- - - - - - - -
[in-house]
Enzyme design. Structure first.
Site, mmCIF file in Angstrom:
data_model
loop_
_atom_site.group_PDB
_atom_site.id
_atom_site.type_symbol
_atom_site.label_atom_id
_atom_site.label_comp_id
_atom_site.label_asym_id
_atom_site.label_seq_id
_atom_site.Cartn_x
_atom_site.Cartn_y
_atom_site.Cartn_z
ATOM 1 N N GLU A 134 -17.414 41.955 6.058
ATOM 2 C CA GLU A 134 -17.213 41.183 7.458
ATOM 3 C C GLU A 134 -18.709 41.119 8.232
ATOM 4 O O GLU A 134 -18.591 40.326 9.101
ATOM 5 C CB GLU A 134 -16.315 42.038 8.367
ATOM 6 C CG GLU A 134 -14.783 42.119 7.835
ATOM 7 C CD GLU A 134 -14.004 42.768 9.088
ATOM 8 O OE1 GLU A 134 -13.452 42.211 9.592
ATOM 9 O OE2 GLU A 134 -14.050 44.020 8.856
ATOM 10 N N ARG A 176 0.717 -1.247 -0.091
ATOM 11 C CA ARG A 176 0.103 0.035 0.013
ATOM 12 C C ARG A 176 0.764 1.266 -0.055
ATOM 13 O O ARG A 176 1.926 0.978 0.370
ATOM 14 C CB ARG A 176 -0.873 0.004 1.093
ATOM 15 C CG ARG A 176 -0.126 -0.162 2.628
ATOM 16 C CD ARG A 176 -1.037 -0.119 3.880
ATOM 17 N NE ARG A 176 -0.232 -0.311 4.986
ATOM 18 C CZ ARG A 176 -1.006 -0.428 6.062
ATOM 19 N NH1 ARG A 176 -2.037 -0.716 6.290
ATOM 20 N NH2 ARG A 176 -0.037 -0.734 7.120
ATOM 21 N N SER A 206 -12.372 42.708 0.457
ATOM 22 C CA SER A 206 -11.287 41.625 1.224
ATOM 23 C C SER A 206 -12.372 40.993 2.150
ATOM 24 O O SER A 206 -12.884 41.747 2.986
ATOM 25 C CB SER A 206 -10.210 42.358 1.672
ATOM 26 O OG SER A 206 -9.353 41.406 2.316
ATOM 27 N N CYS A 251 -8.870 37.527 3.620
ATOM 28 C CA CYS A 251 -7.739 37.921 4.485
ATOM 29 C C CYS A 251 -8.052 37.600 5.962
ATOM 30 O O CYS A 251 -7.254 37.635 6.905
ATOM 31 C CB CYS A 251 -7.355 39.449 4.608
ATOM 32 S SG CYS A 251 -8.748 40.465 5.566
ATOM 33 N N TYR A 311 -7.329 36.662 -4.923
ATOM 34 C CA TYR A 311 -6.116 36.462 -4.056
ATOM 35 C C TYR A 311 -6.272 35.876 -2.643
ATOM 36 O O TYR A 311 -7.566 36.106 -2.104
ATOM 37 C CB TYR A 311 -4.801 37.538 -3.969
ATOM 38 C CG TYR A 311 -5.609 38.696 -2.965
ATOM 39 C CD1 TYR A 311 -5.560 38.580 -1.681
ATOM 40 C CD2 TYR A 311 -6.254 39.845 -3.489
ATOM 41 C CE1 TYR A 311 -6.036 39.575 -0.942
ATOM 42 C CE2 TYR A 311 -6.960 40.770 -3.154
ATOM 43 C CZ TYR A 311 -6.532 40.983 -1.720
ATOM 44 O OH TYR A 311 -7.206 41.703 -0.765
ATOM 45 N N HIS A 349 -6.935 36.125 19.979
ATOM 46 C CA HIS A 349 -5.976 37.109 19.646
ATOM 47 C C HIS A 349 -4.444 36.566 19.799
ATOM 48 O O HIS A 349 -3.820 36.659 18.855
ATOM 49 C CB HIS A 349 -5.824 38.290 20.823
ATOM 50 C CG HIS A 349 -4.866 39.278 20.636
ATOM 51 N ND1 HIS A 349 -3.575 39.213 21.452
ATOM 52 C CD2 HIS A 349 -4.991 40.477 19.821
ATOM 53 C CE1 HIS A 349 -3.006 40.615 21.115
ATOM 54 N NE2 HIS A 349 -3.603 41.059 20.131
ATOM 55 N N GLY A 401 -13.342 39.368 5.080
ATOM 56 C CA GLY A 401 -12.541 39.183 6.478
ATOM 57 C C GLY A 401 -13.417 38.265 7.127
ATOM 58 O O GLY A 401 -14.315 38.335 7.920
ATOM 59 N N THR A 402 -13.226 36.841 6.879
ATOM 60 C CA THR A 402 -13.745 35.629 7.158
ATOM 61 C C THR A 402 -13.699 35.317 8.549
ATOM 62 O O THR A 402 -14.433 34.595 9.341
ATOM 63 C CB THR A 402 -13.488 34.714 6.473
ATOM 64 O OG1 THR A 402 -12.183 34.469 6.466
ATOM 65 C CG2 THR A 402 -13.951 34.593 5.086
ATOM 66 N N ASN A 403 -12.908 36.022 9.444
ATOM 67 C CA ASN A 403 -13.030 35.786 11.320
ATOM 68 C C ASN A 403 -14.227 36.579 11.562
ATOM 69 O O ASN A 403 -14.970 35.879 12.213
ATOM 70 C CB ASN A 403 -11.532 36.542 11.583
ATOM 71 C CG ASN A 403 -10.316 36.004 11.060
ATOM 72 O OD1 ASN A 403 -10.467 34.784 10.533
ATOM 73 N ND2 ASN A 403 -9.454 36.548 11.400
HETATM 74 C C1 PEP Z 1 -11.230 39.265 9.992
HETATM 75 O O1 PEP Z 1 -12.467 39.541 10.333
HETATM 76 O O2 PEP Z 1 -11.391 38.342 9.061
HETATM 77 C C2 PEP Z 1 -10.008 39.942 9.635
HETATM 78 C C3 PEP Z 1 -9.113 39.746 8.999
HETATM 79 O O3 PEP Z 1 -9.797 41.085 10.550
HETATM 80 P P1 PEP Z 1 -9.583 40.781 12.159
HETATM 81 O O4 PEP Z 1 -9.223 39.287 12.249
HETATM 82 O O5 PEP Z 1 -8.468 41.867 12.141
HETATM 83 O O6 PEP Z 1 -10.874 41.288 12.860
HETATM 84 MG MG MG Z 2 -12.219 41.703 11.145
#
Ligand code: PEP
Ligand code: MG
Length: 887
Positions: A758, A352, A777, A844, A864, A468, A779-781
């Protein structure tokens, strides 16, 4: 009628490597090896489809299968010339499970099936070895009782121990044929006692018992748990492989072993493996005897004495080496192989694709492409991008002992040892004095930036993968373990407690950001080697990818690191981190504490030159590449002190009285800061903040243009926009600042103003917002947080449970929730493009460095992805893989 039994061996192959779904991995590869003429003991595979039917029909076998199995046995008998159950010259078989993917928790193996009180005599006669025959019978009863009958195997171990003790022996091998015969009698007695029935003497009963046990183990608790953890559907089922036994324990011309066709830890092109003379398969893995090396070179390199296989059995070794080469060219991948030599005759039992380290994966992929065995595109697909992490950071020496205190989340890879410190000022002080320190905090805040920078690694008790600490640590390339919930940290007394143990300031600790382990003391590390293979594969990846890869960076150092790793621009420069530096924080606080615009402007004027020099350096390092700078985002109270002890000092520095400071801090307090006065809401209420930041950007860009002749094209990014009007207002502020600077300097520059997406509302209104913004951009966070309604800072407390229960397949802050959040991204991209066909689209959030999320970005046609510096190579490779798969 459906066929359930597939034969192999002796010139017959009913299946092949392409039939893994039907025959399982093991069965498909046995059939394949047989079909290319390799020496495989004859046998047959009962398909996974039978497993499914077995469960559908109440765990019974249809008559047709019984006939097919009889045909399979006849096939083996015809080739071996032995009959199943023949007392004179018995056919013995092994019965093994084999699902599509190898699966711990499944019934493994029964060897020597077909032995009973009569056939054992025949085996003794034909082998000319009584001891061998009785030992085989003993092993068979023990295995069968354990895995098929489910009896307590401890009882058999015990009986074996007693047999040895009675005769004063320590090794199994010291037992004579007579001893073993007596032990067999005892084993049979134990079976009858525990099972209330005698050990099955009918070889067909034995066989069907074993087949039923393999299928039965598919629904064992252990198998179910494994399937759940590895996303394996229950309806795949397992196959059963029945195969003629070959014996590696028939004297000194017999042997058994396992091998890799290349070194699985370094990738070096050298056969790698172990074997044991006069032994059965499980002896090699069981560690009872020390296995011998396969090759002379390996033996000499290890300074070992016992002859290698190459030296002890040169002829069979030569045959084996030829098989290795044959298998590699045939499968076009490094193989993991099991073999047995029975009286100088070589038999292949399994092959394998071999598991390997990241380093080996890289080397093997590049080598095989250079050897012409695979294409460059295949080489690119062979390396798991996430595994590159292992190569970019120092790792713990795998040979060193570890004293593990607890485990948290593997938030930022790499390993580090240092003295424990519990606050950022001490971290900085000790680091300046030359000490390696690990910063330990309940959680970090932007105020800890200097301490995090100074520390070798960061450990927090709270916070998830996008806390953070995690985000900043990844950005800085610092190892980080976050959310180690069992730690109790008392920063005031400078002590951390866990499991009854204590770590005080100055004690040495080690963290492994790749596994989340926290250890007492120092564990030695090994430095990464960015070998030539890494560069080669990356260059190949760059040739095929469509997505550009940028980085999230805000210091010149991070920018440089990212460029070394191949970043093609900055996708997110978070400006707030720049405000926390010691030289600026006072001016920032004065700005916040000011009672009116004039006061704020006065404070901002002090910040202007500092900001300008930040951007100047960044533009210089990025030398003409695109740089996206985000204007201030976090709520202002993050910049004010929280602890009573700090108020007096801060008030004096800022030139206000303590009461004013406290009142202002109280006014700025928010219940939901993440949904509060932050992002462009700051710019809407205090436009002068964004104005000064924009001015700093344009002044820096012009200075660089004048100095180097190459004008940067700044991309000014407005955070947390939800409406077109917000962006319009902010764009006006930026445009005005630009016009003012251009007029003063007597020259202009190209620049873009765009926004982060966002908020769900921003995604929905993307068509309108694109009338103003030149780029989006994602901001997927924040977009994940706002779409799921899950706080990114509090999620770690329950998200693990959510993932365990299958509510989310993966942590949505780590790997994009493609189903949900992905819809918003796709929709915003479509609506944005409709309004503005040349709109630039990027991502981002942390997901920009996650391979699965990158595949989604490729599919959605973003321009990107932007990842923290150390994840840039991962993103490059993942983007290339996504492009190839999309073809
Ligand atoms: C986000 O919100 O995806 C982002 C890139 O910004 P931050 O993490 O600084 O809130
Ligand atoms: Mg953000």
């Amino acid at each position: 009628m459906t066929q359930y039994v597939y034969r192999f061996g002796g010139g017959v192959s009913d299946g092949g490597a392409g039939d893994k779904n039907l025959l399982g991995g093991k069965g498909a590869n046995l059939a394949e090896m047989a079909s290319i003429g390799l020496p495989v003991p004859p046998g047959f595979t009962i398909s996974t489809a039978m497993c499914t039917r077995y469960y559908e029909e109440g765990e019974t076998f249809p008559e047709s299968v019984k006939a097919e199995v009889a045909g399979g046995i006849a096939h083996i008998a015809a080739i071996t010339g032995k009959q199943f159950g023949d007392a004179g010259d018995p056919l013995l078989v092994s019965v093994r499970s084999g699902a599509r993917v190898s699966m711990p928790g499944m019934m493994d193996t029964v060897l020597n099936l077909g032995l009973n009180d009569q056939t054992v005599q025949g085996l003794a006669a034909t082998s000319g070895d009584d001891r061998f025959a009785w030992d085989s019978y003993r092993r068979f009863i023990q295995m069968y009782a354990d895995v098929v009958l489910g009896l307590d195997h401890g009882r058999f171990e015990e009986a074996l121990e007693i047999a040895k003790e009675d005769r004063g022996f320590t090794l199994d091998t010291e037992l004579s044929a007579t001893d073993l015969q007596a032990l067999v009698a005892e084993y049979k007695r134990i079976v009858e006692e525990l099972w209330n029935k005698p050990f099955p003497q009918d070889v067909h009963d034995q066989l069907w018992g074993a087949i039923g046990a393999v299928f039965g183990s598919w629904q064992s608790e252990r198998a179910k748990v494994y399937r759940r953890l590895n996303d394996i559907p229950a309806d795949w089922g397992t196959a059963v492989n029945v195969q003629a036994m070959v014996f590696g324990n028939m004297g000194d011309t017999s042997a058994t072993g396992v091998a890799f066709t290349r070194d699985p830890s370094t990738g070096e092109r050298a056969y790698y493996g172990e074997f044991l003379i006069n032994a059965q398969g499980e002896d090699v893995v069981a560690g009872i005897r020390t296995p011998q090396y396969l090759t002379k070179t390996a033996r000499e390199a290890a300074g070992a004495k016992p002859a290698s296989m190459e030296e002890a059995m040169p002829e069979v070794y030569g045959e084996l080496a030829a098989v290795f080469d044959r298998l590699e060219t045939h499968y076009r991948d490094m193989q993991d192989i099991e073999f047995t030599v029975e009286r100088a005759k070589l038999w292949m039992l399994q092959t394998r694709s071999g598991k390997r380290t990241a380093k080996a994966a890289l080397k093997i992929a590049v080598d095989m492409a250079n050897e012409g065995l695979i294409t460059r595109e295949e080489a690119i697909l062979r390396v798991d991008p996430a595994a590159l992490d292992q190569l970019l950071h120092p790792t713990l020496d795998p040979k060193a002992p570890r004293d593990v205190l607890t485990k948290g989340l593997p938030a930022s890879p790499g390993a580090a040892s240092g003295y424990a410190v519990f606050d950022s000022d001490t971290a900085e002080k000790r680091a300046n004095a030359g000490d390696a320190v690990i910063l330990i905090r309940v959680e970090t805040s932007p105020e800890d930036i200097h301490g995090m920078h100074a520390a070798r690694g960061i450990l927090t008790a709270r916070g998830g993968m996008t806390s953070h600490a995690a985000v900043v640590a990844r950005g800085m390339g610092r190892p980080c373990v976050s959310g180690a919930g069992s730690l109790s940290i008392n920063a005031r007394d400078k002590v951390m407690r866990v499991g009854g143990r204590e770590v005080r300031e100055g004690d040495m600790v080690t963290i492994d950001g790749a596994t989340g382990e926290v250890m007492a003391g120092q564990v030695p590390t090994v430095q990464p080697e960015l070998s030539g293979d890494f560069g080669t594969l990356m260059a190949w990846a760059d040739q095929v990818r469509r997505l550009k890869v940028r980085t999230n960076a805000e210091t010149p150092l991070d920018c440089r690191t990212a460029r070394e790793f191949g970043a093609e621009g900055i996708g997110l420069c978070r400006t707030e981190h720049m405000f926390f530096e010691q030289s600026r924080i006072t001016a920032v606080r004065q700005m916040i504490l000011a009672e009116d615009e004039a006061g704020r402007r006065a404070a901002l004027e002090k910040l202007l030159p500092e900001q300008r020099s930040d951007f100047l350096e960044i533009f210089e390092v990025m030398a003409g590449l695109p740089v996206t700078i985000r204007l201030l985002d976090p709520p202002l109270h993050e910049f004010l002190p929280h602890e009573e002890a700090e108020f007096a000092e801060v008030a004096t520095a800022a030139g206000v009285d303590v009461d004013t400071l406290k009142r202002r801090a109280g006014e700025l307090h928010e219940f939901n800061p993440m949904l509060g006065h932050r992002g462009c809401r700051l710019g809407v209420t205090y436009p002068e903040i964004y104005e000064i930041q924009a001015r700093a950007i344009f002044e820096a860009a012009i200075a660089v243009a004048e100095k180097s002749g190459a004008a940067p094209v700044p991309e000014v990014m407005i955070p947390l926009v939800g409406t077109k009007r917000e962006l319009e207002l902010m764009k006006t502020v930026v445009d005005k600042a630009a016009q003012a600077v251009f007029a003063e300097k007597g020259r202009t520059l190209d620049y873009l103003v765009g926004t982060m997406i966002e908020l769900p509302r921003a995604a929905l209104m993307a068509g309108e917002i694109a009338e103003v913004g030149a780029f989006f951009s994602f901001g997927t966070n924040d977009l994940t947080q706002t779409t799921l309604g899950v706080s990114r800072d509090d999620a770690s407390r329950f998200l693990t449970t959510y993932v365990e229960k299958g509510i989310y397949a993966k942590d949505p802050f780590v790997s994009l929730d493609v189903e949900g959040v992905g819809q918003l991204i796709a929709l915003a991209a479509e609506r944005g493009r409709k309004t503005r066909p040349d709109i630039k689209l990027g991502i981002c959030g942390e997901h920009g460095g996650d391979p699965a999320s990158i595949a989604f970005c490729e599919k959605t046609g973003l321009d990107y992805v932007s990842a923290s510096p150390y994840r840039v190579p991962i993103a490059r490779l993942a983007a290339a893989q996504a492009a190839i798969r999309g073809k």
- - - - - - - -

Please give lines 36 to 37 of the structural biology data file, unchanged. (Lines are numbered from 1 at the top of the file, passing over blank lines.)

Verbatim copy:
ATOM 21 N N SER A 206 -12.372 42.708 0.457
ATOM 22 C CA SER A 206 -11.287 41.625 1.224